Eventually, however, a machine will be used that combines the hydrogen with excess carbon dioxide from the air in a chemical reaction to produce water and methane. The water produced would partially replace the water used to make oxygen, while the methane would be vented to space. In the event of breakdowns, however, the ISS will maintain redundant supplies of oxygen gas for the safety of the crew.
In Humans, methane and carbon dioxide are produced in the intestines, and ammonia is created by the breakdown of urea in sweat. Humans also emit acetone, methyl alcohol, and carbon monoxide, as the byproducts of metabolism through urination and breathing. Currently, activated charcoal filters are the primary method by which these chemicals are removed from the air.
Note: Remember Tareyton cigarettes in the 60's? It's main selling point was the "activated charcoal filter."
I don't think I would depend on these filtering impurities too well.
U.S. segment ECLSS pdf (270Kb)
There is a story about a man who left this Earth and was taken on a tour of the inner realms.
He was shown a room where he saw a large group of hungry people trying to eat dinner,
but because the spoons that they were trying to eat with were longer than their arms,
they remained frustrated and hungry.
"This," his guide told him, "is Hell."
"That's terrible!" exclaimed the man.
"Please show me Heaven!”
"Very well" agreed the guide, and on they went.
When they opened Heaven's door, the man was perplexed to see what looked very much like the same scene:
there was a group of people with spoons longer than their arms.
As he looked more closely, however, he saw happy faces and full tummies,
for there was one important difference: the people in Heaven had learned to feed each other.
From: The Dragon Doesn't Live Here Anymore,
by Alan Cohen
Large pdf (13.4Mb)
Space Transportation System (STS)
PDF (6.93Mbs) 140 pages
Space Shuttle Inception 1974
Chapter 7: Upper Stages
The space tug is a propulsive or upper stage that is expected to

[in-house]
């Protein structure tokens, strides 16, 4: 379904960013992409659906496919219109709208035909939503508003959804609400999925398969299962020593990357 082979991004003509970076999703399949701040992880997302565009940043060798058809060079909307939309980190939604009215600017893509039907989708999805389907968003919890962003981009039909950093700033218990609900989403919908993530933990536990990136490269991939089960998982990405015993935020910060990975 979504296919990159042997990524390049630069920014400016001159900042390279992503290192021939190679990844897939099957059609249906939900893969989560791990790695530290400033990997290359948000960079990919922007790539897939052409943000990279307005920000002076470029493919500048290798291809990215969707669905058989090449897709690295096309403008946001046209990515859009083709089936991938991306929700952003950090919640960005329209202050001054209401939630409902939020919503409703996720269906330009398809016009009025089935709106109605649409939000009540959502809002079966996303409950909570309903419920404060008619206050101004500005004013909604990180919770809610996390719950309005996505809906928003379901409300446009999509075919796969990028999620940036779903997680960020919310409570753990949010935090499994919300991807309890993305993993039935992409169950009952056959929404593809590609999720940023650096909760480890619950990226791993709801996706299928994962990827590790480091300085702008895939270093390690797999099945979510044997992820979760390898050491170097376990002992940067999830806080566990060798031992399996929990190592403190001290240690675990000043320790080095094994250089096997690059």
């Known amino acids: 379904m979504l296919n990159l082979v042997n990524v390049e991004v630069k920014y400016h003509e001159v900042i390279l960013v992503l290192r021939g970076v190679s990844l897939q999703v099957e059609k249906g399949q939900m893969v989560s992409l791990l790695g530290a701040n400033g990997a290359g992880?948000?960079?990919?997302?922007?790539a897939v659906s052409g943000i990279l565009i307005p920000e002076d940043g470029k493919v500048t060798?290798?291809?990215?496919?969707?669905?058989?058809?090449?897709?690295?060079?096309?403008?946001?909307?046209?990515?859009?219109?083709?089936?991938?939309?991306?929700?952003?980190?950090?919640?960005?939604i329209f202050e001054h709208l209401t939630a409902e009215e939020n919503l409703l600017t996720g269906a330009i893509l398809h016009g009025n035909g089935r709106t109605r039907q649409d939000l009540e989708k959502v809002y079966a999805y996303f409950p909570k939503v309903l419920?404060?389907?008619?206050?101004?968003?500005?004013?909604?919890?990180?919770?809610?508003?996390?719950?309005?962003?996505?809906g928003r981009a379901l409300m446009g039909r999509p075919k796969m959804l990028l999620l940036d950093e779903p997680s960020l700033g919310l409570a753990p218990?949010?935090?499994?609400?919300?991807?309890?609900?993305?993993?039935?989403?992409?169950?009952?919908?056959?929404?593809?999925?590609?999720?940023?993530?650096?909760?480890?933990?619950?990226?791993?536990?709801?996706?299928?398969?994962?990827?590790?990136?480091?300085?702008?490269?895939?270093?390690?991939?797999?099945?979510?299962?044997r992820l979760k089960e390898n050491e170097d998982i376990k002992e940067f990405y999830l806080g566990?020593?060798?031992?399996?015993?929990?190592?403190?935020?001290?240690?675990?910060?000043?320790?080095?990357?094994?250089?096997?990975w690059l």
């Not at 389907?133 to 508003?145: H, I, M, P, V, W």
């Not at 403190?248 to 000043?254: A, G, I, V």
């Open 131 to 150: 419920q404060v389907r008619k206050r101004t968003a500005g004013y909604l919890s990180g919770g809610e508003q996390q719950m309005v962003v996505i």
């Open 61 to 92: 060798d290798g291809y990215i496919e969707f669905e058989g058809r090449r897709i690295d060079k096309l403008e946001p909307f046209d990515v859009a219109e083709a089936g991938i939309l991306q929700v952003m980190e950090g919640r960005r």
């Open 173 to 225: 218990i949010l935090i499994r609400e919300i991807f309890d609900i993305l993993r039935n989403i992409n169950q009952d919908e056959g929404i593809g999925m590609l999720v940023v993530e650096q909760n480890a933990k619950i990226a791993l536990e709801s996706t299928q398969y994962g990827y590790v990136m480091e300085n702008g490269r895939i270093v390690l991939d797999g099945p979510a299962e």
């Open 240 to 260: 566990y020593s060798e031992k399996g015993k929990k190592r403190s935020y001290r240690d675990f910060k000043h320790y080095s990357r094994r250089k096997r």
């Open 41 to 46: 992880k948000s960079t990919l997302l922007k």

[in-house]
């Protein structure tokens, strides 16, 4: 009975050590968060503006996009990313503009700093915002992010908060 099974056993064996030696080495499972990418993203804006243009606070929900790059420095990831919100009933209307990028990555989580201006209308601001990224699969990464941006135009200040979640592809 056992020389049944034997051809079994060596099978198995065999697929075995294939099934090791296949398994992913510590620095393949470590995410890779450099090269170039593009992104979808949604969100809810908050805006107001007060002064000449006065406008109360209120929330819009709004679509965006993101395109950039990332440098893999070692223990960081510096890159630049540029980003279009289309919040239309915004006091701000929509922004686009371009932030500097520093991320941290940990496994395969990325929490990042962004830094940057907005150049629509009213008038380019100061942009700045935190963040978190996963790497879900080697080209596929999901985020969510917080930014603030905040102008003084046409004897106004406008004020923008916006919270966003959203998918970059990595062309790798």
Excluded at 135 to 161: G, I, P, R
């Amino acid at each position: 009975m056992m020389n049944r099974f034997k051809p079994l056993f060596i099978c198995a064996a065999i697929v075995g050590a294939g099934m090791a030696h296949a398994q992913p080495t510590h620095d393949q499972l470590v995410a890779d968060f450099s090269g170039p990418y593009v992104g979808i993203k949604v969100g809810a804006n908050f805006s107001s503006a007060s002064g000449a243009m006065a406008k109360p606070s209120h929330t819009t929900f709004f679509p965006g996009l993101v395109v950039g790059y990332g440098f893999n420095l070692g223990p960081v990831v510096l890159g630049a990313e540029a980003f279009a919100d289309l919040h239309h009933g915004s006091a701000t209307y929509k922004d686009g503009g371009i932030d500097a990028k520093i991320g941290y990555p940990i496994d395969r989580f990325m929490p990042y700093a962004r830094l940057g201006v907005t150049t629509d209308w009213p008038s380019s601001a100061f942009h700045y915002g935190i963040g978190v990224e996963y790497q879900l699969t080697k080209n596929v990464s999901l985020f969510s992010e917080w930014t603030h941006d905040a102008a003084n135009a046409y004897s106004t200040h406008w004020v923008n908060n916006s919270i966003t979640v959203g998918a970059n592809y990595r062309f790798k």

extend the capabilities of the shuttle to greater altitudes than those
achievable by the orbiter alone.
The space tug will have the capability to deliver and retrieve payloads to high altitude, particularly geosynchronous orbit, to inject payloads into planetary trajectories and to conduct in-orbit servicing of payloads. It is being designed to be recoverable and reusable.
The Parom Orbital Space Tug & Ferry/Russian Version
"The concept of the spacecraft, which would later evolve into Parom, apparently originated at the turn of the 21st century, when Russia first pondered the possibility of launching space station modules, originally designed to ride into orbit onboard the US Shuttle. The idea was to have a highly maneuverable space tug parked in orbit or at the space station, from where it could conduct multiple sorties to meet with recently launched payloads and then deliver them to the space station. The concept later merged with the Kliper Project and became known as Parom (Ferry)."
Notice it has docking ports at both ends.
Progress GVK or (M-2) Reusable and Re-Entry Vehicle
"Although the original Progress cargo ship was designed as a one-way transport, to be destroyed on the reentry into the Earth atmosphere, Russian designers looked at various schemes to give the vehicle the ability to return cargo to Earth."
Jules Verne ATV (Automated Transfer Vehicle)
The ATV is designed to complement the Progress spacecraft, having three times its capacity. Like the Progress, it carries both bulk liquids and relatively fragile freight which is stored in a cargo hold kept in a pressurized shirt sleeve environment so that astronauts can have access to it without putting on a spacesuit. The ATV pressurized cargo section is based on the Italian-built Multi-Purpose Logistics Module (MPLM), which is already in service as a Shuttle-carried ‘space barge’ transporting equipment to and from the Station. It is also an autonomous Space Tug.
Each ATV weighs 20.7 tons at launch and has a cargo capacity of 8 tons.
Jules Verne PDF (57 pages)
No larger image
The MSS (Mini Space Station) concept. A Jules Verne ATV evolution proposal under consideration for the future. It proposes multiple ATVs with two docking ports, one at each end. The current version of the ATV is already prepared with a docking port at the back, with the main propulsion system arranged in a cylindrical fashion leaving room for a tunnel through the middle. This concept would allow Soyuz, Progress and other ATVs to dock to the back of the ATV, allowing a steady flow of Russian vehicles using the available docking ports whilst an ATV is docked for an average of around 6 months at a time at the ISS. Source (half-way down the page)
(My Note) The MSS is suspected to be in operation now. The image (far right)
is a photograph, not an illustration.
No larger image
A Multi-Purpose Logistics Module (MPLM) is a large pressurized container used on Space Shuttle missions to transfer cargo to and from the (ISS). It is carried in the cargo bay of the Space Shuttle and berthed to the Unity Module, where supplies are offloaded and finished experiments and waste are loaded. The MPLM is then re-berthed in the Shuttle for return to Earth.